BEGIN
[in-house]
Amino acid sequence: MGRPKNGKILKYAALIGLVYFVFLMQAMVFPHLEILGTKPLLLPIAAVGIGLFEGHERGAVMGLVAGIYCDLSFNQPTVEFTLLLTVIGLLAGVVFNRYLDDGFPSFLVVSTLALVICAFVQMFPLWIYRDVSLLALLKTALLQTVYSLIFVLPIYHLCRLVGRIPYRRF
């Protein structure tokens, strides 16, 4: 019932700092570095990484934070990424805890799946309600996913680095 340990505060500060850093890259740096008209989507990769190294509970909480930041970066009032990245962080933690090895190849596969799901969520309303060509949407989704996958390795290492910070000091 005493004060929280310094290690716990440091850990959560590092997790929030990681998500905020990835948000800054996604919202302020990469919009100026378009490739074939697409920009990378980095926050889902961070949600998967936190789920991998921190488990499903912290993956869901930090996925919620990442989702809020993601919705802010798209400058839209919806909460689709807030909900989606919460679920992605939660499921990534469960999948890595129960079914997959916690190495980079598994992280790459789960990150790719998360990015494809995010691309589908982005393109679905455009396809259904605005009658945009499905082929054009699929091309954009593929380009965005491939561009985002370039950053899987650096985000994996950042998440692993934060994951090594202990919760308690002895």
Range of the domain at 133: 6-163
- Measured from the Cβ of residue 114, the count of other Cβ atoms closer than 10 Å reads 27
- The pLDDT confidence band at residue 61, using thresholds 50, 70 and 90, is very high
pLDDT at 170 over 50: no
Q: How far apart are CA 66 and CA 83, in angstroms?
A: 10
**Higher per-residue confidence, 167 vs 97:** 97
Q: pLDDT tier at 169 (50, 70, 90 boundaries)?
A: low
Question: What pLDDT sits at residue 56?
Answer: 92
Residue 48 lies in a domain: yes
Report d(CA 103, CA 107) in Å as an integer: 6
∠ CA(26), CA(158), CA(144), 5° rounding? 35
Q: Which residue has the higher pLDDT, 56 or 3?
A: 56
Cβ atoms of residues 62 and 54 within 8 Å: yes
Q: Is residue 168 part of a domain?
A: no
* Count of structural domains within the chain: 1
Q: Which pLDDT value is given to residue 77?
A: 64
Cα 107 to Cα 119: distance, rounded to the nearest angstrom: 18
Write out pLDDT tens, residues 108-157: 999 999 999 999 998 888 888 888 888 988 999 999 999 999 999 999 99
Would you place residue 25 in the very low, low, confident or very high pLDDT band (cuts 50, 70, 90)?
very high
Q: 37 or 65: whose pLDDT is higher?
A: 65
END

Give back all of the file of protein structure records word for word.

[in-house]
Amino acid sequence: MGRPKNGKILKYAALIGLVYFVFLMQAMVFPHLEILGTKPLLLPIAAVGIGLFEGHERGAVMGLVAGIYCDLSFNQPTVEFTLLLTVIGLLAGVVFNRYLDDGFPSFLVVSTLALVICAFVQMFPLWIYRDVSLLALLKTALLQTVYSLIFVLPIYHLCRLVGRIPYRRF
């Protein structure tokens, strides 16, 4: 019932700092570095990484934070990424805890799946309600996913680095 340990505060500060850093890259740096008209989507990769190294509970909480930041970066009032990245962080933690090895190849596969799901969520309303060509949407989704996958390795290492910070000091 005493004060929280310094290690716990440091850990959560590092997790929030990681998500905020990835948000800054996604919202302020990469919009100026378009490739074939697409920009990378980095926050889902961070949600998967936190789920991998921190488990499903912290993956869901930090996925919620990442989702809020993601919705802010798209400058839209919806909460689709807030909900989606919460679920992605939660499921990534469960999948890595129960079914997959916690190495980079598994992280790459789960990150790719998360990015494809995010691309589908982005393109679905455009396809259904605005009658945009499905082929054009699929091309954009593929380009965005491939561009985002370039950053899987650096985000994996950042998440692993934060994951090594202990919760308690002895």
Range of the domain at 133: 6-163
- Measured from the Cβ of residue 114, the count of other Cβ atoms closer than 10 Å reads 27
- The pLDDT confidence band at residue 61, using thresholds 50, 70 and 90, is very high
pLDDT at 170 over 50: no
Q: How far apart are CA 66 and CA 83, in angstroms?
A: 10
**Higher per-residue confidence, 167 vs 97:** 97
Q: pLDDT tier at 169 (50, 70, 90 boundaries)?
A: low
Question: What pLDDT sits at residue 56?
Answer: 92
Residue 48 lies in a domain: yes
Report d(CA 103, CA 107) in Å as an integer: 6
∠ CA(26), CA(158), CA(144), 5° rounding? 35
Q: Which residue has the higher pLDDT, 56 or 3?
A: 56
Cβ atoms of residues 62 and 54 within 8 Å: yes
Q: Is residue 168 part of a domain?
A: no
* Count of structural domains within the chain: 1
Q: Which pLDDT value is given to residue 77?
A: 64
Cα 107 to Cα 119: distance, rounded to the nearest angstrom: 18
Write out pLDDT tens, residues 108-157: 999 999 999 999 998 888 888 888 888 988 999 999 999 999 999 999 99
Would you place residue 25 in the very low, low, confident or very high pLDDT band (cuts 50, 70, 90)?
very high
Q: 37 or 65: whose pLDDT is higher?
A: 65